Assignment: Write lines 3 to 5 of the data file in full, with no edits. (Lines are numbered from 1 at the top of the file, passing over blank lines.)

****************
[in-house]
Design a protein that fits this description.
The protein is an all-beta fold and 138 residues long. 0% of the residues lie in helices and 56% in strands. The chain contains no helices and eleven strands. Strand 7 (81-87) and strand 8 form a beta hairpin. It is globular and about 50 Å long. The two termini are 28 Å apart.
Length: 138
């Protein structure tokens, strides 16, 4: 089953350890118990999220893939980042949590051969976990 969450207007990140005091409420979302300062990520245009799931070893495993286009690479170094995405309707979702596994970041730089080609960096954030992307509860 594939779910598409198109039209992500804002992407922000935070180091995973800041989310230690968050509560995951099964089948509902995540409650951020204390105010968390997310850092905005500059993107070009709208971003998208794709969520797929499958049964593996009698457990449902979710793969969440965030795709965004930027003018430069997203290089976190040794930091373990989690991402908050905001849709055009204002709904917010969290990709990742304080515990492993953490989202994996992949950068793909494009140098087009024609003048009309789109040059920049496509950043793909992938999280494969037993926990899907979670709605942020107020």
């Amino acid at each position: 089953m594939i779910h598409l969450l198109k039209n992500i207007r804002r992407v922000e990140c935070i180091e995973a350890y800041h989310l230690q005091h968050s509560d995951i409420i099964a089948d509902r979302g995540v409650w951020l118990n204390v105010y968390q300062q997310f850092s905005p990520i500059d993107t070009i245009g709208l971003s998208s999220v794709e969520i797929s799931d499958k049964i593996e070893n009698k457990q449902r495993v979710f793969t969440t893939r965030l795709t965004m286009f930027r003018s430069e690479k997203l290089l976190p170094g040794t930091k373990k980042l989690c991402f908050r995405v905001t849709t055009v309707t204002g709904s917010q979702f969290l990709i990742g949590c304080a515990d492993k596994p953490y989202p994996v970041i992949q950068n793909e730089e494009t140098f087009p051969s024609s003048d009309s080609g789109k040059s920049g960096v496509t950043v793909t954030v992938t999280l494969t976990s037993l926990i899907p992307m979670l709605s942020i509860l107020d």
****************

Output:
The protein is an all-beta fold and 138 residues long. 0% of the residues lie in helices and 56% in strands. The chain contains no helices and eleven strands. Strand 7 (81-87) and strand 8 form a beta hairpin. It is globular and about 50 Å long. The two termini are 28 Å apart.
Length: 138
């Protein structure tokens, strides 16, 4: 089953350890118990999220893939980042949590051969976990 969450207007990140005091409420979302300062990520245009799931070893495993286009690479170094995405309707979702596994970041730089080609960096954030992307509860 594939779910598409198109039209992500804002992407922000935070180091995973800041989310230690968050509560995951099964089948509902995540409650951020204390105010968390997310850092905005500059993107070009709208971003998208794709969520797929499958049964593996009698457990449902979710793969969440965030795709965004930027003018430069997203290089976190040794930091373990989690991402908050905001849709055009204002709904917010969290990709990742304080515990492993953490989202994996992949950068793909494009140098087009024609003048009309789109040059920049496509950043793909992938999280494969037993926990899907979670709605942020107020």